A Quick Self-Exam Guide to Detect Oral Cancer

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Oral cancer, also known as mouth cancer, refers to cancer arising from the lips, cheeks, tongues, gums, palate, or other structures in the mouth. It is now the 6th most common cancer in the world. According to the American Cancer Society, the year 2020 will see 53,260 people diagnosed with mouth cancer and 10,750 people die of mouth cancer.



The earlier is oral cancer found and treated, the better the outcome will be. Experts believe that self-exam is a good way to help detect oral cancers early. The following is what you need to know when you try to start a self-exam.


Know your risk for developing oral cancer


Knowing the risk factors would enable you to stratify your risks. Risk factors for oral cancer include:



· Smoking, such as cigarettes, cigars, pipes, chewing tobacco and snuff

· Heavy alcohol drink

· Personal previous history of oral cancer

· Prolonged exposure to the sunlight

· A weakened immune system, which can be found in HIV/AIDS or organ transplant recipients, etc.

· Human papillomavirus infection

· Certain genetic conditions, such as Fanconi anemia and dyskeratosis congenita


How do you examine yourself and what should you watch out for?


The areas that you should check include the face, lips, gums, cheeks, the tongue and the mouth floor, the palate, and the neck. You do not need to follow a specific order to check these areas, but just make sure that you do not omit any of these areas.



The face: Look in the mirror and see whether there is any new swelling or irregularity on one side.


Lips: You should observe carefully whether there are ulcers, lumps or hard areas along the upper and lower lips. Make sure that the inner sides of the lips (i.e., the side of the lip contacting the teeth) are also checked.


Gums: Ulcers, redness, swelling, or lumps on the gums should raise the alarm.


Cheeks: Frequently you need to use an external light source to make sure that the cheeks can be observed clearly. You should watch out for ulcers, white patches, tenderness, and lumps.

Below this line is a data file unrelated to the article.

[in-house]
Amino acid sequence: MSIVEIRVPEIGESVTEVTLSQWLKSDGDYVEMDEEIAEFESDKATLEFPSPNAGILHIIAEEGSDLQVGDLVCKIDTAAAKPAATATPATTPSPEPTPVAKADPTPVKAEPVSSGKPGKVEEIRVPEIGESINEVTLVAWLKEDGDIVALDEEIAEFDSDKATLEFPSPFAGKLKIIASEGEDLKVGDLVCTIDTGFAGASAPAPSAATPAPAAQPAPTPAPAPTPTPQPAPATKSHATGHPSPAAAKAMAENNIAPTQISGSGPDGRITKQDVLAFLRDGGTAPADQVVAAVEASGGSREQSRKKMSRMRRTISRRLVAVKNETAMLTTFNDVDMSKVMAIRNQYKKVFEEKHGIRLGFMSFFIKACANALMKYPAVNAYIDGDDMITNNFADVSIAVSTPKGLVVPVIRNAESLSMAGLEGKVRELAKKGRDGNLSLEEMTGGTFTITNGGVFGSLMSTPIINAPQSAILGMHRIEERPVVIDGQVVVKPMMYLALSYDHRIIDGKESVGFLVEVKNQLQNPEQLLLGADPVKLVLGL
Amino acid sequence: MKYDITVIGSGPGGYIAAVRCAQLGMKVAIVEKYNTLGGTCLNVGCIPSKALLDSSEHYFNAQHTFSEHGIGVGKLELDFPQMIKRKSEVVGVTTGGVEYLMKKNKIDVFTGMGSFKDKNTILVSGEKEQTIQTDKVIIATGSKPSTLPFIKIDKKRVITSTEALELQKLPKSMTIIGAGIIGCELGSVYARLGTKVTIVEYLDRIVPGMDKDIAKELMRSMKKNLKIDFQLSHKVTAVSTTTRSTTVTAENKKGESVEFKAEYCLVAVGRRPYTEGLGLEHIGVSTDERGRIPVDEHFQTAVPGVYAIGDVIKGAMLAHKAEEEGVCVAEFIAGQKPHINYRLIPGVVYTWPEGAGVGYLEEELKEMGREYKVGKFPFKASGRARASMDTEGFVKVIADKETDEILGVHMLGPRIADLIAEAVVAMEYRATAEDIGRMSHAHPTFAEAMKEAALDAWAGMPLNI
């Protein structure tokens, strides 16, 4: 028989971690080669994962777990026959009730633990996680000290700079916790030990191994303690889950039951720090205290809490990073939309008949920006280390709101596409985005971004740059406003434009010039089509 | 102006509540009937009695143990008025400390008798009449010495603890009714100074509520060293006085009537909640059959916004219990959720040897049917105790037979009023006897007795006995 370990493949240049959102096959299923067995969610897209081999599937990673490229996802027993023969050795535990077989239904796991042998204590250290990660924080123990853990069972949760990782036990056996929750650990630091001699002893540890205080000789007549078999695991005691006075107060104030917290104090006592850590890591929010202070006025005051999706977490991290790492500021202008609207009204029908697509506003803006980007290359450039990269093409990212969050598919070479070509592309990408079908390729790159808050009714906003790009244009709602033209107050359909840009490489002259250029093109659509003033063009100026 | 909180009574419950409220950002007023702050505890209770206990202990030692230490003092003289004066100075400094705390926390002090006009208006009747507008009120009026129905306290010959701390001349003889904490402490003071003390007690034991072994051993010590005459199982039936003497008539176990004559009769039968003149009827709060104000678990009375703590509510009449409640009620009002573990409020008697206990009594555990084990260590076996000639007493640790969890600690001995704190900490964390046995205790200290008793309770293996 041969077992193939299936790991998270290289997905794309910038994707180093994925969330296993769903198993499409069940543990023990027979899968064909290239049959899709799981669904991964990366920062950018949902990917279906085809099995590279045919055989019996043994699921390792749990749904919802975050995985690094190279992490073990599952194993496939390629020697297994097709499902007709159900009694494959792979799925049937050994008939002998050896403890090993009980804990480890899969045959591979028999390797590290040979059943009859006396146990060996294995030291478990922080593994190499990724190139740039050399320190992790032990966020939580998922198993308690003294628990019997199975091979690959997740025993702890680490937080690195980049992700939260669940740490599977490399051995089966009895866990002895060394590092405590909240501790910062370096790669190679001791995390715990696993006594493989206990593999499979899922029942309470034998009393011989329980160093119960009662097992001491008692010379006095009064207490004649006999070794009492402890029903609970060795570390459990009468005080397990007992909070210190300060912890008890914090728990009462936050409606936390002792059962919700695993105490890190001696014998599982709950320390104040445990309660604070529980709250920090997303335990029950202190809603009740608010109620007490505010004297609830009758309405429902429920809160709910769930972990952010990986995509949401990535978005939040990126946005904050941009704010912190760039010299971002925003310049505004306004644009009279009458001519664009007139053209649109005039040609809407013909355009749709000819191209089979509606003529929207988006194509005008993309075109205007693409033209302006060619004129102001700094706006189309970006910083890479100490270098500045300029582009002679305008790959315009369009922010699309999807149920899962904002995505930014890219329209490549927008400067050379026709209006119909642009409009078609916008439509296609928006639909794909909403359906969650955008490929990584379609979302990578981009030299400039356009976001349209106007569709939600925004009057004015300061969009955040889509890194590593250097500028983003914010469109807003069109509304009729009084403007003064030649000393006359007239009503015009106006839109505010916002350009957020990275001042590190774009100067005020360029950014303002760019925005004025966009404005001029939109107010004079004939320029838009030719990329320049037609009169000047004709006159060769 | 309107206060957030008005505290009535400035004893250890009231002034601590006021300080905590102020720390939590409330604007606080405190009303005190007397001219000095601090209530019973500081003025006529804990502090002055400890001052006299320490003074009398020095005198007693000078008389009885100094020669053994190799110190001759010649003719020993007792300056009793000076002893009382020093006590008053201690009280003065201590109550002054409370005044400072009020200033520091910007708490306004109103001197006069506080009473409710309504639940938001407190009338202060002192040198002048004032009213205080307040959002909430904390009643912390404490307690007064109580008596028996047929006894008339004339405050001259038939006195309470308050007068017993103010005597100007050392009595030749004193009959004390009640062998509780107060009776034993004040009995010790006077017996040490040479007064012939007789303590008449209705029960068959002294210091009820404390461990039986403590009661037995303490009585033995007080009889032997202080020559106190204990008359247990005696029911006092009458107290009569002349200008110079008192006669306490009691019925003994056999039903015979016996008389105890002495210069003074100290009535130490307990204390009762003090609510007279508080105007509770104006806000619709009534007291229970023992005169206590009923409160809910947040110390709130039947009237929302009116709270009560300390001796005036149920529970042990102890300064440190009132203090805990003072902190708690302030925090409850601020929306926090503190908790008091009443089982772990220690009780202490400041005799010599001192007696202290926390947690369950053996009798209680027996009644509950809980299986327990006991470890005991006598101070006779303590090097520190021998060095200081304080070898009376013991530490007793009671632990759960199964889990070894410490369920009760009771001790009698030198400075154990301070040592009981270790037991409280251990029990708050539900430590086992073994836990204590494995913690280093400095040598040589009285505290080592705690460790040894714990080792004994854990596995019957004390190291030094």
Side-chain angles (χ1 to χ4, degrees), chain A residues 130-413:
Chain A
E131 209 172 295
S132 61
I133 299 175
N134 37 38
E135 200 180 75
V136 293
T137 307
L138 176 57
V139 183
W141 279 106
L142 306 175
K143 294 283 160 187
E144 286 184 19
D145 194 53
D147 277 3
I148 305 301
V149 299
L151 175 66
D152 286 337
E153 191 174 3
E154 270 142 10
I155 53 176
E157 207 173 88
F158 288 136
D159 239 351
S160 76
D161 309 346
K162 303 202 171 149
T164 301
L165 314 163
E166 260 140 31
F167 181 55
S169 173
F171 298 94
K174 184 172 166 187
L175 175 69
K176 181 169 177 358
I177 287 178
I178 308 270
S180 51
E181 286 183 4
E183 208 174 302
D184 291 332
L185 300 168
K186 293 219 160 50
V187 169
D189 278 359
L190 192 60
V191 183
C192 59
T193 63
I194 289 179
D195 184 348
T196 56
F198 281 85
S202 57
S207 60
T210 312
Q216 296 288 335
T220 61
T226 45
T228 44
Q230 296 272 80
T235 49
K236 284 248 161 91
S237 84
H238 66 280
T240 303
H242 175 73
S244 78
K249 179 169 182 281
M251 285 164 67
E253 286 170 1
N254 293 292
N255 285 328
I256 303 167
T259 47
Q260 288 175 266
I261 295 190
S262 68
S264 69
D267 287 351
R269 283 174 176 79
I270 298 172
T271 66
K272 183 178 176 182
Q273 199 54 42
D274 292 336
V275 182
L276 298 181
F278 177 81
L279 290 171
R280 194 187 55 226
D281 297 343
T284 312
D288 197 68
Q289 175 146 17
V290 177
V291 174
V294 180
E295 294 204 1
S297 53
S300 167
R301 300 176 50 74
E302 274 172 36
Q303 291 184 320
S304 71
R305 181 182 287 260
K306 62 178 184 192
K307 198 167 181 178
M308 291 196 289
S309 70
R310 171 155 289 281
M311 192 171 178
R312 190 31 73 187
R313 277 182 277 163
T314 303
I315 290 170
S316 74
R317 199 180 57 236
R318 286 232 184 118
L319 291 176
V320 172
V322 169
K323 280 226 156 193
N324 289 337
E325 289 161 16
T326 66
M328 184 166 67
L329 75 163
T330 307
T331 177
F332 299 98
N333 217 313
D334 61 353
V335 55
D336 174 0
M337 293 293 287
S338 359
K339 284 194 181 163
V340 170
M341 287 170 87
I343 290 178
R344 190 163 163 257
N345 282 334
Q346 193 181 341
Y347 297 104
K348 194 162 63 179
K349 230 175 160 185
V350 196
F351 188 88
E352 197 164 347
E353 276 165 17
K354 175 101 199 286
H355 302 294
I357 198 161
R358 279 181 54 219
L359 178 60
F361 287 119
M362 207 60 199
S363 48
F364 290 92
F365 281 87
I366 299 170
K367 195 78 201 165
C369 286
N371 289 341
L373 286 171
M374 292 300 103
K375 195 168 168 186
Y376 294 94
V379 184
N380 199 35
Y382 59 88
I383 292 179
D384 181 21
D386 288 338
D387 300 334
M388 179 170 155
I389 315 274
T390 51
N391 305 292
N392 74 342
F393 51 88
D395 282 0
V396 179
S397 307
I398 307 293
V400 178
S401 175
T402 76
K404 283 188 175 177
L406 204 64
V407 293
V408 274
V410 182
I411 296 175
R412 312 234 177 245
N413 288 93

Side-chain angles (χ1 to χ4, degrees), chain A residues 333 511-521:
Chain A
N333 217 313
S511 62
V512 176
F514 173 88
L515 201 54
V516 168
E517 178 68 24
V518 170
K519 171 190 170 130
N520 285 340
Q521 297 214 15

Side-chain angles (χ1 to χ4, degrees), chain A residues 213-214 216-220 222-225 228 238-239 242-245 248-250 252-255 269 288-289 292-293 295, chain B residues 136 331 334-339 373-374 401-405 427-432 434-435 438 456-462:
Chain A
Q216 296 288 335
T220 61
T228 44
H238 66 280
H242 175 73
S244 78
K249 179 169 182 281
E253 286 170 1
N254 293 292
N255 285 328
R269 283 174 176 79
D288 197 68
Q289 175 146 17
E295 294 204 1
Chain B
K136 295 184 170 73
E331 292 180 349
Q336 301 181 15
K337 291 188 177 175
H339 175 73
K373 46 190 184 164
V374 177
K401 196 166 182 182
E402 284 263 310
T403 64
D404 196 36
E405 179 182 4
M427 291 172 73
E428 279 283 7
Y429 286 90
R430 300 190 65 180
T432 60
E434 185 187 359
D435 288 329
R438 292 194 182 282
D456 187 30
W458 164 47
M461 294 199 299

The tongue: All the sides of the tongue should be carefully checked for lumps and ulcers. Do not forget to observe the floor of the mouth for similar signs.


The palate: The palate is the upper arch of the mouth. You can yourself touch it with your fingers and feel if there is any tenderness. You can also ask a family member or friend to help you.


The neck: The neck should be touched to see if there are swelling lymph nodes. Because the mouth cancers frequently first spread to the lymph nodes in the neck, finding an enlarged node in the neck would prompt further investigation or additional tests.


The bottom line



It should be noted that the signs of oral cancer are not specific. For instance, mouth ulcers can be a sign of oral cancer or just other benign conditions, such as aphthous ulcer. For many doctors, telling the difference between an ulcer caused by cancer and those caused by a benign condition may sometimes be very difficult. 


Doctors may need to cut away a small piece of the tissue containing the ulcer (i.e., biopsy) for pathologic examination. This article is not a substitute for medical advice; it is suggested that you see a dentist for further tests when oral cancer is suspected.

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